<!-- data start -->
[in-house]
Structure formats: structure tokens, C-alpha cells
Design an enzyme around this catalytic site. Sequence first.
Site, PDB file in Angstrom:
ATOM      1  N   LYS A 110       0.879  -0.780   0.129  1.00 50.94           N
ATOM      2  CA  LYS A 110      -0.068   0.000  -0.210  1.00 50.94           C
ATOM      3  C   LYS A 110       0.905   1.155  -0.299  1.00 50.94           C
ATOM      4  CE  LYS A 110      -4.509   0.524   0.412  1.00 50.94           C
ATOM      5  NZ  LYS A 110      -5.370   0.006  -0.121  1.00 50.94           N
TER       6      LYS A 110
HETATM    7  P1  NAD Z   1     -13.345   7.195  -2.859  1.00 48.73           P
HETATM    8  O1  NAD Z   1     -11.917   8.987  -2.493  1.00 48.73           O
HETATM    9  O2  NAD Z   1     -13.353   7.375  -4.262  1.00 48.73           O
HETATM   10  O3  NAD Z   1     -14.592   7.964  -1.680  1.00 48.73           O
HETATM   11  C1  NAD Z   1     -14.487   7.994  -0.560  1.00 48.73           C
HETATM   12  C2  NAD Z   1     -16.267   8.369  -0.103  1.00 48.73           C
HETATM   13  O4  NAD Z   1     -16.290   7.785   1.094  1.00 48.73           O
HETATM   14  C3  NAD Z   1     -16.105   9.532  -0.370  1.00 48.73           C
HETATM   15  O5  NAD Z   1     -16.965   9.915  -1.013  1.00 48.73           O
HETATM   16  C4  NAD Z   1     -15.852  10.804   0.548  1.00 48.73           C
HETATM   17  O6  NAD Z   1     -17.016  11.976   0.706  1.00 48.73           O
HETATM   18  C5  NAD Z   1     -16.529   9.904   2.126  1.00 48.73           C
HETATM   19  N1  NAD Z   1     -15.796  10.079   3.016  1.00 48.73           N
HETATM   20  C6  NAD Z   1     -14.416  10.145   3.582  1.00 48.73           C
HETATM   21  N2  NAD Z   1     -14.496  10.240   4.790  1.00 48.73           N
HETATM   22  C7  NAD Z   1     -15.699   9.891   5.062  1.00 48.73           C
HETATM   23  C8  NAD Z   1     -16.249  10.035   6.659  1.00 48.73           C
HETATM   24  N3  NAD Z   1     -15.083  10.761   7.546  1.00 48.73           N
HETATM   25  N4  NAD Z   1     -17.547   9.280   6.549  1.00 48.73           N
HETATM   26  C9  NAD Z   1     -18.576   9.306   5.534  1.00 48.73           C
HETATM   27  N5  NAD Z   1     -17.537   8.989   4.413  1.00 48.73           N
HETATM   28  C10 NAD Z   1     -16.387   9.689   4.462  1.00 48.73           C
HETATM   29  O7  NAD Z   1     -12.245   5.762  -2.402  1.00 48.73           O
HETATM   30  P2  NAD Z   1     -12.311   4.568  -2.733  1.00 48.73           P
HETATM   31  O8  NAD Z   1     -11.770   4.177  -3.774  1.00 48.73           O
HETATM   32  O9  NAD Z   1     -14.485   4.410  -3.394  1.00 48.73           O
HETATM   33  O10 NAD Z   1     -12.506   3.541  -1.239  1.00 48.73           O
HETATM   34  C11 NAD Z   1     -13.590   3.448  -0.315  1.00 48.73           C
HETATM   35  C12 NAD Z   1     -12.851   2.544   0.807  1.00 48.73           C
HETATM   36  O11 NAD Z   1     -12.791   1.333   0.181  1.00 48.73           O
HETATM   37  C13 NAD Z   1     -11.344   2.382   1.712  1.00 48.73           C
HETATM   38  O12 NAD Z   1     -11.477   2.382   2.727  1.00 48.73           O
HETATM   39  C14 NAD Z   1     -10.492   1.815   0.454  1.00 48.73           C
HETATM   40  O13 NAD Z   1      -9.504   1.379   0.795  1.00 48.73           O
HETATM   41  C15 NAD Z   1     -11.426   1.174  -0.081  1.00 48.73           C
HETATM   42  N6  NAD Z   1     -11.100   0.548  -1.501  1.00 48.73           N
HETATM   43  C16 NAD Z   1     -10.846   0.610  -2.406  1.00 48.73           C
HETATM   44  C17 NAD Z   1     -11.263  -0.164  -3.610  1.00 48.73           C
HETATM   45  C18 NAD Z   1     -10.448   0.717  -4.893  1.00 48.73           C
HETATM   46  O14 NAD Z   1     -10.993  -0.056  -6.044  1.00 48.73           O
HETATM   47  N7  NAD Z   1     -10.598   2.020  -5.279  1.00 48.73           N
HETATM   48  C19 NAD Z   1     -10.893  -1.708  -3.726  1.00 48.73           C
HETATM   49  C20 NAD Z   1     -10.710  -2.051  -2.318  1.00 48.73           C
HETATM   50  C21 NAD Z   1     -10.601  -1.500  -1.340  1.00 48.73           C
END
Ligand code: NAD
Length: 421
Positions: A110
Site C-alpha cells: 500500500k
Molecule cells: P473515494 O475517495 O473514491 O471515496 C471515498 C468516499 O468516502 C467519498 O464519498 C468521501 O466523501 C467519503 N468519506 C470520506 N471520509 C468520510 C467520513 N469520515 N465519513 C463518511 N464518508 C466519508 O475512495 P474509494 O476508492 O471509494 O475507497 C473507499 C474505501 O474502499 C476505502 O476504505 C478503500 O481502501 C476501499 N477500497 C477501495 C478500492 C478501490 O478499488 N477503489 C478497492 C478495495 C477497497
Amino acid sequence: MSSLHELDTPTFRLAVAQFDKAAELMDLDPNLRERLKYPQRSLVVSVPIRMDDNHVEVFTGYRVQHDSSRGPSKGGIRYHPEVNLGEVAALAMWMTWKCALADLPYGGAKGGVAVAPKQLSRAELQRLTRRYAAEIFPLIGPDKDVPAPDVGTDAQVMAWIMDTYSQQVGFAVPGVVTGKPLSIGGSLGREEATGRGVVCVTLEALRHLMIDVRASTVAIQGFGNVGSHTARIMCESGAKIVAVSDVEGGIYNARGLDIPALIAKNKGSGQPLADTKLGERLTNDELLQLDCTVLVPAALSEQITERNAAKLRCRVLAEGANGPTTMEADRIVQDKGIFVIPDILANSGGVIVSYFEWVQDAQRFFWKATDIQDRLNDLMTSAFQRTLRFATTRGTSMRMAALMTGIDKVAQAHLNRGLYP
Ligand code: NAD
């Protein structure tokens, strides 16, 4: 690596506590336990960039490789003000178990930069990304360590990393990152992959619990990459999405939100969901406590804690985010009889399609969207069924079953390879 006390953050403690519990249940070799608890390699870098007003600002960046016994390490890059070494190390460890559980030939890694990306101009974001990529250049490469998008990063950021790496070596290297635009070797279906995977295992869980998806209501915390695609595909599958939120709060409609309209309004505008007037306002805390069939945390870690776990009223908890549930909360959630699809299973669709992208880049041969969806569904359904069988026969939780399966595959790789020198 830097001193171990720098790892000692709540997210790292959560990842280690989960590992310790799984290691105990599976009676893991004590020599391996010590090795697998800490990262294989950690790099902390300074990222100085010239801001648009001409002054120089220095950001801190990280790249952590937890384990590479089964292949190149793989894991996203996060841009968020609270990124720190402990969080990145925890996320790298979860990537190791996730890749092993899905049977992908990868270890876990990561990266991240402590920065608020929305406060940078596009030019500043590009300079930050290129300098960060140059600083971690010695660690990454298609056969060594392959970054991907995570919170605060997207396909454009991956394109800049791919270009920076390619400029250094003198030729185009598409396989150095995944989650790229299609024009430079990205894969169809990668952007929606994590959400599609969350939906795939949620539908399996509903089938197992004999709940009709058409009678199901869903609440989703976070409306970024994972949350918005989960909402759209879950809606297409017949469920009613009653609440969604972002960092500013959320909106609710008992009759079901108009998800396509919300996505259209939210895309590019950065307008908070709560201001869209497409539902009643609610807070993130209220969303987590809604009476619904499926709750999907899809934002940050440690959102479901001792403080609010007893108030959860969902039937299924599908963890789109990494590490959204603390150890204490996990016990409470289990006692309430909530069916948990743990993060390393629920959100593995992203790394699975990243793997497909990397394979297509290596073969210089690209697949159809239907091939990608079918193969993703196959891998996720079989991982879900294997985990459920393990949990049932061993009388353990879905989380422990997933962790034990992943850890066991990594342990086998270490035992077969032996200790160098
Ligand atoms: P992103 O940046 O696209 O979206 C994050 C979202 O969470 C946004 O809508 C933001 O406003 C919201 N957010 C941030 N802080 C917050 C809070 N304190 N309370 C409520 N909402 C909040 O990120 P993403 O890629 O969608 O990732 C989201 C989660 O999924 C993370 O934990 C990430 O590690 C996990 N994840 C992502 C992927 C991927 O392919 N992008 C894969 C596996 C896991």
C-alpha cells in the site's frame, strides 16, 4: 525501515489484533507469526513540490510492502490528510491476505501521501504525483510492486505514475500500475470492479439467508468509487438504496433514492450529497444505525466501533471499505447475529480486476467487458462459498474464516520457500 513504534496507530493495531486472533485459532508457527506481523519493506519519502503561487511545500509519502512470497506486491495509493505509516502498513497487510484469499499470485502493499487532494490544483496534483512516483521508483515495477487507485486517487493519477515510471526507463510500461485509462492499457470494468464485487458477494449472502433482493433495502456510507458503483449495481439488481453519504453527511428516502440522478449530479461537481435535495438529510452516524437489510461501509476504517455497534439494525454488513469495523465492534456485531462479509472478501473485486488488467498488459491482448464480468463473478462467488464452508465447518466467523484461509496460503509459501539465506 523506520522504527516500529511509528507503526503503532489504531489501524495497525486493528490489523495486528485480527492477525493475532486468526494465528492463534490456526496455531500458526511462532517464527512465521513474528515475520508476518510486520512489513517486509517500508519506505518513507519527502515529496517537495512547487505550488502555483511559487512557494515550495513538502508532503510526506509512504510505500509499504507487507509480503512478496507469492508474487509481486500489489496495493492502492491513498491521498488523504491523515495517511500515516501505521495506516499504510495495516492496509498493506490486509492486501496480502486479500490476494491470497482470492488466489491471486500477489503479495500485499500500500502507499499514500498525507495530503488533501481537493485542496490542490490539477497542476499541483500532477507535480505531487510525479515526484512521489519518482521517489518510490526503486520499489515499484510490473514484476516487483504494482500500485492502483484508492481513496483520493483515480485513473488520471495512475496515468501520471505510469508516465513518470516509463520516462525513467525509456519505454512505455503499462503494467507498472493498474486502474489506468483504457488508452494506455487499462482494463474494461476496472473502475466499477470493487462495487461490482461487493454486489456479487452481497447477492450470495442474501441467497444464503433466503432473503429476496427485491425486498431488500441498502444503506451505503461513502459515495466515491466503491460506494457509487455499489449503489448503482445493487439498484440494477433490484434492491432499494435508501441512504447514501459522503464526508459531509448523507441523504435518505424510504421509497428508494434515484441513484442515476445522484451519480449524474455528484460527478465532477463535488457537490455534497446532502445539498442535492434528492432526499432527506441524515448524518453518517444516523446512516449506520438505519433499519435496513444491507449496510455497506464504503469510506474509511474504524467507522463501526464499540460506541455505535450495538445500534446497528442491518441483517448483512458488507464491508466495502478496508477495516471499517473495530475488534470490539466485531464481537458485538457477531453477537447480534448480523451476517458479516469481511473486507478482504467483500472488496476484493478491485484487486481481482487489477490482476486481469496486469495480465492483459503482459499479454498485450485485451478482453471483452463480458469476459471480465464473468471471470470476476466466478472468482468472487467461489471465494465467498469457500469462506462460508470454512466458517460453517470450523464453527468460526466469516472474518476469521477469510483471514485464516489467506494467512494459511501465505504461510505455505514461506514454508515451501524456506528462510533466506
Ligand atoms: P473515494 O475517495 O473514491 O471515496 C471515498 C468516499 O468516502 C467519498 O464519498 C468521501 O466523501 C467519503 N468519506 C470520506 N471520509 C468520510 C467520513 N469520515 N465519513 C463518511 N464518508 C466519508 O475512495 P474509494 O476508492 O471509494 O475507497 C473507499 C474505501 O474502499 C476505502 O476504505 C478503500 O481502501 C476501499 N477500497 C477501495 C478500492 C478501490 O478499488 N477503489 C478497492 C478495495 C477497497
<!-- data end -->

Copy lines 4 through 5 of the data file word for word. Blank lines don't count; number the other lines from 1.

Site, PDB file in Angstrom:
ATOM      1  N   LYS A 110       0.879  -0.780   0.129  1.00 50.94           N